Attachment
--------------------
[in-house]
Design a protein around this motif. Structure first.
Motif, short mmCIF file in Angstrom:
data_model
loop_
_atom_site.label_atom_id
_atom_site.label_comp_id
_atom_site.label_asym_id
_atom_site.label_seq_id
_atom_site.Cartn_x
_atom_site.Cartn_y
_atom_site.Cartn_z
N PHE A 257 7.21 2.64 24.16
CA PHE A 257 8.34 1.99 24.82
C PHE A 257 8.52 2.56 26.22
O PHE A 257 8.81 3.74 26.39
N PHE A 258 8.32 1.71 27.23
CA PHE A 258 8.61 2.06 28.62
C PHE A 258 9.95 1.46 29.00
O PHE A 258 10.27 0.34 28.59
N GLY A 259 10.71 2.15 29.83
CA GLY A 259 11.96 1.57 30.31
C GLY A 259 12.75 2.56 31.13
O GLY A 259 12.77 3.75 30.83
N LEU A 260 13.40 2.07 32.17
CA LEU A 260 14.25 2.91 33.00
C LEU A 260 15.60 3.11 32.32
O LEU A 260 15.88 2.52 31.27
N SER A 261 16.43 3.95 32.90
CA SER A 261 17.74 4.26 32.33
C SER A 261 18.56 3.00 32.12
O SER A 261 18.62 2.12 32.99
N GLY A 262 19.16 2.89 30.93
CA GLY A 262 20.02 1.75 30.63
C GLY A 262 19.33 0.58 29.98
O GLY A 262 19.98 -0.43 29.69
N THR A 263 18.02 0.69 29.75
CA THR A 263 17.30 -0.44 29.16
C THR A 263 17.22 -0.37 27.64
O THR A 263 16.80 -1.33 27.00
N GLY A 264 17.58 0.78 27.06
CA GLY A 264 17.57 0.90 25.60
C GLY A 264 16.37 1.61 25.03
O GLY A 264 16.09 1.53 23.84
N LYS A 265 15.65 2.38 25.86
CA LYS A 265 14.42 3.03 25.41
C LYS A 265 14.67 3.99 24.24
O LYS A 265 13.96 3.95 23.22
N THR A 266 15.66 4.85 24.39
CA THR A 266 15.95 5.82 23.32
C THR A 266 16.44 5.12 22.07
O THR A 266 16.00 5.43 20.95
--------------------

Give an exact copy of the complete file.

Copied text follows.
[in-house]
Design a protein around this motif. Structure first.
Motif, short mmCIF file in Angstrom:
data_model
loop_
_atom_site.label_atom_id
_atom_site.label_comp_id
_atom_site.label_asym_id
_atom_site.label_seq_id
_atom_site.Cartn_x
_atom_site.Cartn_y
_atom_site.Cartn_z
N PHE A 257 7.21 2.64 24.16
CA PHE A 257 8.34 1.99 24.82
C PHE A 257 8.52 2.56 26.22
O PHE A 257 8.81 3.74 26.39
N PHE A 258 8.32 1.71 27.23
CA PHE A 258 8.61 2.06 28.62
C PHE A 258 9.95 1.46 29.00
O PHE A 258 10.27 0.34 28.59
N GLY A 259 10.71 2.15 29.83
CA GLY A 259 11.96 1.57 30.31
C GLY A 259 12.75 2.56 31.13
O GLY A 259 12.77 3.75 30.83
N LEU A 260 13.40 2.07 32.17
CA LEU A 260 14.25 2.91 33.00
C LEU A 260 15.60 3.11 32.32
O LEU A 260 15.88 2.52 31.27
N SER A 261 16.43 3.95 32.90
CA SER A 261 17.74 4.26 32.33
C SER A 261 18.56 3.00 32.12
O SER A 261 18.62 2.12 32.99
N GLY A 262 19.16 2.89 30.93
CA GLY A 262 20.02 1.75 30.63
C GLY A 262 19.33 0.58 29.98
O GLY A 262 19.98 -0.43 29.69
N THR A 263 18.02 0.69 29.75
CA THR A 263 17.30 -0.44 29.16
C THR A 263 17.22 -0.37 27.64
O THR A 263 16.80 -1.33 27.00
N GLY A 264 17.58 0.78 27.06
CA GLY A 264 17.57 0.90 25.60
C GLY A 264 16.37 1.61 25.03
O GLY A 264 16.09 1.53 23.84
N LYS A 265 15.65 2.38 25.86
CA LYS A 265 14.42 3.03 25.41
C LYS A 265 14.67 3.99 24.24
O LYS A 265 13.96 3.95 23.22
N THR A 266 15.66 4.85 24.39
CA THR A 266 15.95 5.82 23.32
C THR A 266 16.44 5.12 22.07
O THR A 266 16.00 5.43 20.95